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At What point, it is breaching the copyright?

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rkang30

New member
Hi,

If I create an illustration image based on a photo I found online, would it breach the copyright of the photo? What if I don't copy exactly. Such as change the original color, add different object(s), or remove some of the object(s) on my illustration.

Thanks,
Ryan
 


quincy

Senior Member
Hi,

If I create an illustration image based on a photo I found online, would it breach the copyright of the photo? What if I don't copy exactly. Such as change the original color, add different object(s), or remove some of the object(s) on my illustration.

Thanks,
Ryan
What is the name of your state, Ryan?
 

quincy

Senior Member
What you are proposing to create probably would be considered a derivative of the original, and creating derivatives is an exclusive right of the copyright holder. You would need permission from the artist-photographer to use his work.

In order to use the copyrighted work of another as the basis for your own work without authorization from the copyright holder and without infringing, you would have to add original expression and new meaning to make your work transformative.

I have often used Jeffrey Koons as an example on this forum. Koons is an "appropriation" artist. His artistic creations are often based on the creative works of others. And he has been sued for copyright infringement many times as a result.

The courts in the Koons' cases have ruled in favor of the plaintiffs, judging Koons' work to be a derivative of the original, and the courts have ruled in favor of Koons, judging Koons' work to be transformative. Koons lost another infringement case in France late last year.

Reading through the various courts' analyses is an education on the difference between derivative works and transformative works.

Here to start is a link to Rogers v. Koons, 960 F.2d 301 (2d Cir. 1992): https://h2o.law.harvard.edu/cases/5190

In Rogers, the Court found Koons infringed on Rogers' photo copyright.

In Blanch v. Koons, 467 F.3d 244 (2d Cir. 2006), the Court found Koons' work, that used Blanch's photograph, transformative.

 
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rkang30

New member
Hi quincy,

Thanks for your information. You mentioned 'transformative'. I am wondering what degree of modifications would acknowledge it as 'transformative'.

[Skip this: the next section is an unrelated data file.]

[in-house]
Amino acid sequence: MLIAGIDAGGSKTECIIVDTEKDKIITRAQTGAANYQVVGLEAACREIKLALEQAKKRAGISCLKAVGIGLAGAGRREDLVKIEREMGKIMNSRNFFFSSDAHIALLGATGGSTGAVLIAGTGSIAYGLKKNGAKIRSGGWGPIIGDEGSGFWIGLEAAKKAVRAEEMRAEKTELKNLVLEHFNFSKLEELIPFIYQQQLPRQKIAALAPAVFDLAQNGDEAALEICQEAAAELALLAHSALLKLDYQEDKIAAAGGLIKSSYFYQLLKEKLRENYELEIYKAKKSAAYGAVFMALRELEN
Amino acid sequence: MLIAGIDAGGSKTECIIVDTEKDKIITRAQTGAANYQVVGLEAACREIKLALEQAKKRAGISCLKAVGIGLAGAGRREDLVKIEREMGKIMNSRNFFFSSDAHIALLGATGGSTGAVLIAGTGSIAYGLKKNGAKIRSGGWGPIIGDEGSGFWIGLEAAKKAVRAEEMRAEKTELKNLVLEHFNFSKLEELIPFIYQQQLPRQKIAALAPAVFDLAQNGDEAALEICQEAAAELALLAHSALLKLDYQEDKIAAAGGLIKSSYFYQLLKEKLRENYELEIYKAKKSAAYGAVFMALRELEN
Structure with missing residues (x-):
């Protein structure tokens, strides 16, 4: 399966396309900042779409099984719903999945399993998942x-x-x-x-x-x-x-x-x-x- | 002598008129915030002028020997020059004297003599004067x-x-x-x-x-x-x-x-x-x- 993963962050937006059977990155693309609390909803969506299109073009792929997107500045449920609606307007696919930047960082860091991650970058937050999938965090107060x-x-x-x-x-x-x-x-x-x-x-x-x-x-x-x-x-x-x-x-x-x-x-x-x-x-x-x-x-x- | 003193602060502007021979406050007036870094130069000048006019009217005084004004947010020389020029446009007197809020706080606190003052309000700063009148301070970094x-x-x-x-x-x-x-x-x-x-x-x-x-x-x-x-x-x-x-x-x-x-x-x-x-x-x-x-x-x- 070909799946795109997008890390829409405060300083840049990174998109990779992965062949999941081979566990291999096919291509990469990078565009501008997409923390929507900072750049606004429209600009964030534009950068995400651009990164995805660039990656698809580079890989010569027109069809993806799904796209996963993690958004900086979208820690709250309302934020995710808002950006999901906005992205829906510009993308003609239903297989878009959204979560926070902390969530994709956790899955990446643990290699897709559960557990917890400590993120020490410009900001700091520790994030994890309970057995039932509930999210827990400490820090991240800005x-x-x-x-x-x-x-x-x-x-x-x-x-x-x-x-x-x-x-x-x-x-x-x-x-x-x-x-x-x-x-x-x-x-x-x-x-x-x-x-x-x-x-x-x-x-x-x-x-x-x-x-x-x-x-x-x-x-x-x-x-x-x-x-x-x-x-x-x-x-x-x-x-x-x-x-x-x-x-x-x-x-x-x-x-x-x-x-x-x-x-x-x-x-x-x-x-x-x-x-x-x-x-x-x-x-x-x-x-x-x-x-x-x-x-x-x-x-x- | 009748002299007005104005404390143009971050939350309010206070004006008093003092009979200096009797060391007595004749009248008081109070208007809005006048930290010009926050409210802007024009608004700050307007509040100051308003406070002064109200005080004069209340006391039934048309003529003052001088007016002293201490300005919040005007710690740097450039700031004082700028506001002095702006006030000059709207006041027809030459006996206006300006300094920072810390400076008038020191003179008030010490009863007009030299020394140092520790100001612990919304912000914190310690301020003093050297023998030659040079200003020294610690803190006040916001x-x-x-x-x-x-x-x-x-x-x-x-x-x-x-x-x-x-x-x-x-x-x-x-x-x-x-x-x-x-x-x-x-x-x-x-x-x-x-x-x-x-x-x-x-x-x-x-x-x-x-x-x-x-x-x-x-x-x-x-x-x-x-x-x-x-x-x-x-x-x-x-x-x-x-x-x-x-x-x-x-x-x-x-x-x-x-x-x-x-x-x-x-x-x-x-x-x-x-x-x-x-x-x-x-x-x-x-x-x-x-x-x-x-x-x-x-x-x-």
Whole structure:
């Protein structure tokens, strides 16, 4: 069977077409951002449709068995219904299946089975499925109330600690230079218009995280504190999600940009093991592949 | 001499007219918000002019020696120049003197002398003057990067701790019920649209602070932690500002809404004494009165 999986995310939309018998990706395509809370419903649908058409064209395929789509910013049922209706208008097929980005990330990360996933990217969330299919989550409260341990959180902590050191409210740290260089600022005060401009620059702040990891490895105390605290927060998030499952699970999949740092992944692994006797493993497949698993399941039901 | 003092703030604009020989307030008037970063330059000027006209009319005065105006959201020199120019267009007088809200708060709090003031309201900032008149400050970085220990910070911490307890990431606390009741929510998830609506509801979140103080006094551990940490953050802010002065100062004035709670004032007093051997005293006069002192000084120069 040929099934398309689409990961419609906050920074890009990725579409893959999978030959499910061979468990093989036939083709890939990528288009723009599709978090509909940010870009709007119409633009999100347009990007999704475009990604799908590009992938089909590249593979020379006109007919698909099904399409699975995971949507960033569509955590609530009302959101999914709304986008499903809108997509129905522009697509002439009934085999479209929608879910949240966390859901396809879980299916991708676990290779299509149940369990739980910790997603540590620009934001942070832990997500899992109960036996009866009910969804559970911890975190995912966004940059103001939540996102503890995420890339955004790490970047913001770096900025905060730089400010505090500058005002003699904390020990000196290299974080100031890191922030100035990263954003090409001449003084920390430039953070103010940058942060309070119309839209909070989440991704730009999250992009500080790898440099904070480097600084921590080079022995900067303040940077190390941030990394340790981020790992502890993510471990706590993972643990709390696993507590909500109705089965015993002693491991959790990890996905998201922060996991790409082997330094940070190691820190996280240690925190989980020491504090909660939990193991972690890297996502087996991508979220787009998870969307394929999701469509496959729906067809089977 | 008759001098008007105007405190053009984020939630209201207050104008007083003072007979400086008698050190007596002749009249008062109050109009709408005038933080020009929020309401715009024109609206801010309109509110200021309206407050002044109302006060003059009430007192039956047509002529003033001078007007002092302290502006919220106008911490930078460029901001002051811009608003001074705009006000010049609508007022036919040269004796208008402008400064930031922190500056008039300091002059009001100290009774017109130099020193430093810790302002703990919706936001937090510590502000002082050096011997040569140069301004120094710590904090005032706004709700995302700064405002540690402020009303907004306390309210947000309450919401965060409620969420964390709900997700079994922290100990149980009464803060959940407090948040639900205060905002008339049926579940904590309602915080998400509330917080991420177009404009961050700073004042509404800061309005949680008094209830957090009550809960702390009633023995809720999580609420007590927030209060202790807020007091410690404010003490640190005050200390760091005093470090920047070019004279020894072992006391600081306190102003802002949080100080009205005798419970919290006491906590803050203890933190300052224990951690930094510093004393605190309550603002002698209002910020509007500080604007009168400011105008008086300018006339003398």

For example, if I create an illustration from a photo in which a woman is sitting at a cafe, in order to become 'transformative', the pose of the woman in the picture has to be changed as well as the clothes colors? Or the pose is OK to copy?

Thanks,
Ryan
 

quincy

Senior Member
Hi quincy,

Thanks for your information. You mentioned 'transformative'. I am wondering what degree of modifications would acknowledge it as 'transformative'.

For example, if I create an illustration from a photo in which a woman is sitting at a cafe, in order to become 'transformative', the pose of the woman in the picture has to be changed as well as the clothes colors? Or the pose is OK to copy?

Thanks,
Ryan
There are several factors a court looks at when deciding whether a new work is a derivative of the original (which would require permission from the copyright holder) or transformative (which would be viewed as a fair use of copyrighted material).

If you read through the cases I provided above, you will see that making a transformative work is not as easy as changing a photograph's colors or poses.

You will need to sit down with an IP professional in your area for a side-by-side comparison of the original work and the work you created based on the original work - or you could seek permission from the artist/photographer (or holder of the copyrights) to use the original photograph for your work. Acquiring a license from the copyright holder to use the original work is bound to be far cheaper than a copyright infringement lawsuit (damage awards of which are often in the hundreds of thousands of dollars).

Good luck.
 

quincy

Senior Member
I like many of Koons' works of art - especially his "Balloon Dog" pieces - but this particular work is not one of my favorites. :)
 

PayrollHRGuy

Senior Member
Excuse me because I didn't read the case. But I have to ask, does that mean that Blanch is the only person that make art of women's sandaled feet?
 

quincy

Senior Member
I zoomed in on the image and see now that the second pair of feet from the left are from the Blanch art.
The collage by Koons in this case was found to be a transformative work. Koons added creative value and new meaning to the original advertising art that was created by Blanch.
 
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